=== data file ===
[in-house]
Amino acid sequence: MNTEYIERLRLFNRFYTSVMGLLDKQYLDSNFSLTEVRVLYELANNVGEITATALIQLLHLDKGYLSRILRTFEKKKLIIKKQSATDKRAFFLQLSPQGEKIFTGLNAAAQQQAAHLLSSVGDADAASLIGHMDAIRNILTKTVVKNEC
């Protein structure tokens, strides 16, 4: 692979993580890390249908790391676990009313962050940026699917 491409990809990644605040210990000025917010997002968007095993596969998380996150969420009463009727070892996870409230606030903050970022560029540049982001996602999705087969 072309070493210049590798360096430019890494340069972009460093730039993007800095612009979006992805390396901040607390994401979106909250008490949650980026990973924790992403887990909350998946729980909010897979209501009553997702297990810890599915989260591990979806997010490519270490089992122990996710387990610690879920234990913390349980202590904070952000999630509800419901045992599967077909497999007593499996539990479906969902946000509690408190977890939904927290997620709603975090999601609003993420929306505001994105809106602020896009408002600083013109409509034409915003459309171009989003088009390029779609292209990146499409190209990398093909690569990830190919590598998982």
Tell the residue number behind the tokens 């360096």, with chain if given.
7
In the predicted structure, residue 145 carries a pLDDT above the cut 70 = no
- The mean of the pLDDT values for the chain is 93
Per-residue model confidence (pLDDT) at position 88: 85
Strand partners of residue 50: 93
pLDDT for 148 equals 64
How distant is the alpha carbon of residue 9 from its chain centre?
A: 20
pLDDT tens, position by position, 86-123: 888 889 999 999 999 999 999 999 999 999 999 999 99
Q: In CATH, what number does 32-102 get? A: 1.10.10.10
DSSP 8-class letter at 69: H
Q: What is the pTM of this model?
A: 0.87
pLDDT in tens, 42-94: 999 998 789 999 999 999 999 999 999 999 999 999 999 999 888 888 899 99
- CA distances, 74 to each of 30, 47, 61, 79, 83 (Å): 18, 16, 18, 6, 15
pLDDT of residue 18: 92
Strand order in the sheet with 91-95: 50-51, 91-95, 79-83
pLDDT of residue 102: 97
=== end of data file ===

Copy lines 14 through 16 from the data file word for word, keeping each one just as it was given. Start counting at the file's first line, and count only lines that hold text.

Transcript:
Q: In CATH, what number does 32-102 get? A: 1.10.10.10
DSSP 8-class letter at 69: H
Q: What is the pTM of this model?